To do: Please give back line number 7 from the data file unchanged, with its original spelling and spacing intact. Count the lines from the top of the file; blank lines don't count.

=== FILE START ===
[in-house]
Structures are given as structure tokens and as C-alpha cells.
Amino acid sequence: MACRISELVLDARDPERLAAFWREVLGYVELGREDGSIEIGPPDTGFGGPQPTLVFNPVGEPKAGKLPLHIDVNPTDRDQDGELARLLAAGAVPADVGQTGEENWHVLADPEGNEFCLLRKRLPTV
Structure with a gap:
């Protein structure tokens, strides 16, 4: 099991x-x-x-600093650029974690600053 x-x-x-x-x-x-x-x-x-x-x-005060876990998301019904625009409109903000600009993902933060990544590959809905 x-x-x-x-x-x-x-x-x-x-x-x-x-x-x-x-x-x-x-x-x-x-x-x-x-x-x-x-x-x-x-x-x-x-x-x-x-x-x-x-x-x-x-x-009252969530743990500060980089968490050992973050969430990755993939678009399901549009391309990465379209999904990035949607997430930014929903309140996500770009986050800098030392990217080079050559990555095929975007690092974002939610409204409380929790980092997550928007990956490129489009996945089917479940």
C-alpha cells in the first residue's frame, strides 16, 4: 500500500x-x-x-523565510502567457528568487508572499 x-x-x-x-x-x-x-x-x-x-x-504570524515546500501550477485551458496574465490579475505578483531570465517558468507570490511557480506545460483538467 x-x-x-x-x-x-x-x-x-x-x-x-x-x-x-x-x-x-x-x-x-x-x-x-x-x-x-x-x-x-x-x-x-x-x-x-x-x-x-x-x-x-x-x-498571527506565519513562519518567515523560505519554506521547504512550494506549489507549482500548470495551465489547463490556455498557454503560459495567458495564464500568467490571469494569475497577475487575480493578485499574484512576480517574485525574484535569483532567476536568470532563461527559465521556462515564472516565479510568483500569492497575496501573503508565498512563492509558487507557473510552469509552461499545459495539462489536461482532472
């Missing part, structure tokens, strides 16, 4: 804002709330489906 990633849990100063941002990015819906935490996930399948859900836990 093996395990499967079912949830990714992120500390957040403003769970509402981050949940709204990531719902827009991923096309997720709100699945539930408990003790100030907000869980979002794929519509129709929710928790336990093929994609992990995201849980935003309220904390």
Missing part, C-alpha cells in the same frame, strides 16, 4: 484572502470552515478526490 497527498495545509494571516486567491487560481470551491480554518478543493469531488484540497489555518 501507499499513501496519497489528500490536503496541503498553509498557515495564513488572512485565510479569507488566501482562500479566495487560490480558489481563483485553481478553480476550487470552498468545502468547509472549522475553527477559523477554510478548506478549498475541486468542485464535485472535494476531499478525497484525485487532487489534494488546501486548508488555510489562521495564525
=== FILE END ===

């Missing part, structure tokens, strides 16, 4: 804002709330489906 990633849990100063941002990015819906935490996930399948859900836990 093996395990499967079912949830990714992120500390957040403003769970509402981050949940709204990531719902827009991923096309997720709100699945539930408990003790100030907000869980979002794929519509129709929710928790336990093929994609992990995201849980935003309220904390």